ROAR Resources

7 Testing: How to Test a New Website

In theory, testing should be extensive, thorough and iterative. However, the reality can be far from the theory unless testing is properly planned for and understood.

Testing is so critical it can be the making or breaking of a project and is something which needs to be completed using solid ‘formal’ processes.

Ok, so what do we mean by formal?  Well, firstly both you and your web designers will test the website independently of each one another.   (This is known as Alpha testing when done by your developers and Beta testing when it is done by you). In both cases you will test every piece of functionality making sure it is behaving itself.

Some design agencies, like ourselves, will provide you with online systems to enable you to track any issues (we use Basecamp externally and Atlassian’s JIRA internally).  However, you can track it manually: We recommend that you create yourself a table which tracks any issues and enables you to share your findings with your web designers). Here’s one to start you off:

Beta Test Issue Capture List

Alpha Testing

We conduct Alpha testing as part of our development process and is factored into the timescales.  We do this just to make sure we’ve ironed out any obvious omissions or bugs. Typically, this is done by a developer who has had nothing to do with the project as a fresh pair of eyes often spots things that have been missed.

It might be useful for you to request a copy of your web developers Beta test results just to cross check any functionality you (or they) may have missed. (Be prepared for them not to have extensive records listing every aspect of the system – they may have tested the same elements many times before.) Although, if one is being pedantic, it should be tested again but the likelihood of something failing which has worked in ten other projects is probably quite remote. You may end up with just a list of elements that were tested but which differed from the standard or core CMS.

A Quick note on Browser Compatibility

Browser Share 2016 Pie Chart

Currrent browser market share (2016)

There are many different browsers on the market today; Internet Explorer, Chrome, Firefox, Opera, and Safari to name but a few. Each interprets HTML slightly differently which results in your web page looking slightly different in each one. To complicate matters further there are various versions of each of these browsers still out there in the market. Most web designers have a standard set of browsers that they will check your website in, but you may, however, need your site to work in others including; Blackberry and old versions of web browsers. (The need for any non-standard browser choices should have been picked up in the specification phase.)

Beta Testing

Once the site has been Alpha tested it’s ready for you to get your hands on it!  This will be in the form of a web address to the front-end and a separate one for the Content Management System (usually the same but ending in /admin or /logon, etc.). It is unlikely that it will be your actual domain name as it’s more likely to be a link to your web designers’ development server.  (At digitalROAR we have three set of servers; a “development” server which is used to build the website, a “staging” server which replicates the live environment (ensuring that the site will work perfectly once it goes live) and the “live” environment which the finished website is moved to when live.)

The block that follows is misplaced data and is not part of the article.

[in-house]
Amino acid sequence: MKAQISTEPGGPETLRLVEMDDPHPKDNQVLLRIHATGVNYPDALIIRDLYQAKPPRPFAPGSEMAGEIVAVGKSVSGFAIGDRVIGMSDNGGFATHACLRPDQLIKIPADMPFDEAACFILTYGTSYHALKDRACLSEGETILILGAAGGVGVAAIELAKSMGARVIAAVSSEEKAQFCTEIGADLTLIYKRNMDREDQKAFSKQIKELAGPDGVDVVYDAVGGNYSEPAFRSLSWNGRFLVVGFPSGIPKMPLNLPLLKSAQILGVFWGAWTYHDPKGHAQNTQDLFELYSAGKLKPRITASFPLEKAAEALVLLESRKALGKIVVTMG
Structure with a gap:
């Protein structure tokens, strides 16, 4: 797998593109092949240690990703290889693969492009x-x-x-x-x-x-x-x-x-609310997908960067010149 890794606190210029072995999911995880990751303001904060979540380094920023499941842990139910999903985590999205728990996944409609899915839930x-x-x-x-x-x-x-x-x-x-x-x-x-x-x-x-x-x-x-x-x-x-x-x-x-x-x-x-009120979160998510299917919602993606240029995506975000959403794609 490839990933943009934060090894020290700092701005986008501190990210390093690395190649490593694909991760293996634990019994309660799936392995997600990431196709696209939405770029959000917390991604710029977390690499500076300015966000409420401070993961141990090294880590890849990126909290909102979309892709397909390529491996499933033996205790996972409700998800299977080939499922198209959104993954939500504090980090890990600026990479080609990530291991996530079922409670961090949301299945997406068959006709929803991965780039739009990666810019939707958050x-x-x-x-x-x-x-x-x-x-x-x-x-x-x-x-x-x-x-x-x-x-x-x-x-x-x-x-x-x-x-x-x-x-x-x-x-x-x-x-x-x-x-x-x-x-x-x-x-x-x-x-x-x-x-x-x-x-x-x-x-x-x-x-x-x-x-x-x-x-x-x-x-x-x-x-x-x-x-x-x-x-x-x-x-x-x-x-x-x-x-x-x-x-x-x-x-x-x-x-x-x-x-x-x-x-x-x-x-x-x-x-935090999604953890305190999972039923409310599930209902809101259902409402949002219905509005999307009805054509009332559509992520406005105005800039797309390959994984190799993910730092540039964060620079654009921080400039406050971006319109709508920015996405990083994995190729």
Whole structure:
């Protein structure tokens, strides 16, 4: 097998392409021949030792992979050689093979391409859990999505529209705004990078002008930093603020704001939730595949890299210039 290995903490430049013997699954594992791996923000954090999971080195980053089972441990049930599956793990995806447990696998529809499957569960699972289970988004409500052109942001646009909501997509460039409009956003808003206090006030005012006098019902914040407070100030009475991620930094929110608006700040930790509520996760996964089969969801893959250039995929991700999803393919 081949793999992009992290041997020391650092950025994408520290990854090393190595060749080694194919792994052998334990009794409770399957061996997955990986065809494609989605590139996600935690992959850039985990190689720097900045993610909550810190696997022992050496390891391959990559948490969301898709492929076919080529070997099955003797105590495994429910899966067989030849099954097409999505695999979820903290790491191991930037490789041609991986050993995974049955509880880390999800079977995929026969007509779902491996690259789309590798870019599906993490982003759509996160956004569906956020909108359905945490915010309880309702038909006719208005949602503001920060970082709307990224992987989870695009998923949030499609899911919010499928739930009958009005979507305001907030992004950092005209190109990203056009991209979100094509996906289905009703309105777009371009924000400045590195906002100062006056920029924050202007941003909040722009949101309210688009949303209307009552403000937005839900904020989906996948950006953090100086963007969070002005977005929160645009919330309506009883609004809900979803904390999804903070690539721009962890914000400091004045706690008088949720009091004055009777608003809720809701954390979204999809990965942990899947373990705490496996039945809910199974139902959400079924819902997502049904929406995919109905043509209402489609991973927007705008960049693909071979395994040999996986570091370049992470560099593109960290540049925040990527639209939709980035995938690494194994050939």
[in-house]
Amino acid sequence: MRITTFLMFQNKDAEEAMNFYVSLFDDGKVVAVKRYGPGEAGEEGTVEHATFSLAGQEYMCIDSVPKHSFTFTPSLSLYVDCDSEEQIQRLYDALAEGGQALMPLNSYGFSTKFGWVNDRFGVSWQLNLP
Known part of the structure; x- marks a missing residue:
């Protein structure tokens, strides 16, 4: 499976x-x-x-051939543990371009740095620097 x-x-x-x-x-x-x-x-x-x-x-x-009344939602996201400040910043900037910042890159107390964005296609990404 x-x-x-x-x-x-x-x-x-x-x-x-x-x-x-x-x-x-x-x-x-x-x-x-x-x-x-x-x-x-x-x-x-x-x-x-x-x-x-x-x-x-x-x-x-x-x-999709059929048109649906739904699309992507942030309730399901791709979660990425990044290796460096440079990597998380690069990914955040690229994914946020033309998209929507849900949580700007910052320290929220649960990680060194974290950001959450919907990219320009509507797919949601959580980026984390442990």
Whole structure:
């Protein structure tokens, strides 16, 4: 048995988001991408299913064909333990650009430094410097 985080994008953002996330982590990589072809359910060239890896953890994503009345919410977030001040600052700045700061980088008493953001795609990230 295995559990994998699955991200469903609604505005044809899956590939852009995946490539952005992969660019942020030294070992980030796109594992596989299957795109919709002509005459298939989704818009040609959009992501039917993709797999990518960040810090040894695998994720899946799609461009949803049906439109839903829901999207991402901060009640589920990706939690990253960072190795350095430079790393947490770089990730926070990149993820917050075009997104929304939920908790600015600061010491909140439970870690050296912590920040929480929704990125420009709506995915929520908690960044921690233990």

before you begin the process of testing you’ll probably need some training on the system first

However, before you begin the process of testing you’ll probably need some training on the system first. It’s possible that there will already be documentation (especially if it’s an off-the-peg system) but it is more typical to find that training is either face-to-face or over the phone. Whichever way it’s done it’s good to get some training under your belt as it will accelerate your testing and content entering.

Here are a few of the things you might be checking for:

  • Can I add/edit/delete a page?
  • Can I reorder pages?
  • What happens to the front-end if I put too much text in?
  • Do specific functions work (sorting data, wrapping pictures around text, etc.)?
  • Does the video look right on the page when I upload a movie?
  • Do the forms work and send their data to the right email address/external system, etc.?
  • And so on…

As you progress through your testing you’ll find that your observations fall into 3 categories:

  • Bugs (failure of the system to work as intended).
    • Don’t expect to pay for these.
  • Interpretation of specification (sometimes, no matter how clear you think you’ve been someone interprets what you’ve said differently).
    • This can be a grey area with respect to charges. You’ll probably need to clarify whether you’re going to be charged before getting your web designers to make any changes.
  • Change Request (even the best laid plans of mice and men can sometimes end up changing!).
    • If you’re making a request outside the parameters of the specification, expect to pay more but do make sure you get a quote in writing first.

Use the table we provided above (or your web designer’s online project management tool) to enter your results and feedback to your web designers. However, it helps if you can get the testing done all in one go as this enables the bugs/issues resolved much faster.

Remember that although you may have given yourself time to test you also need to allow for some time to fix any bugs and make any change requests. 

 

NEXT: 8 Content Entry: Your Website Content Hero

 

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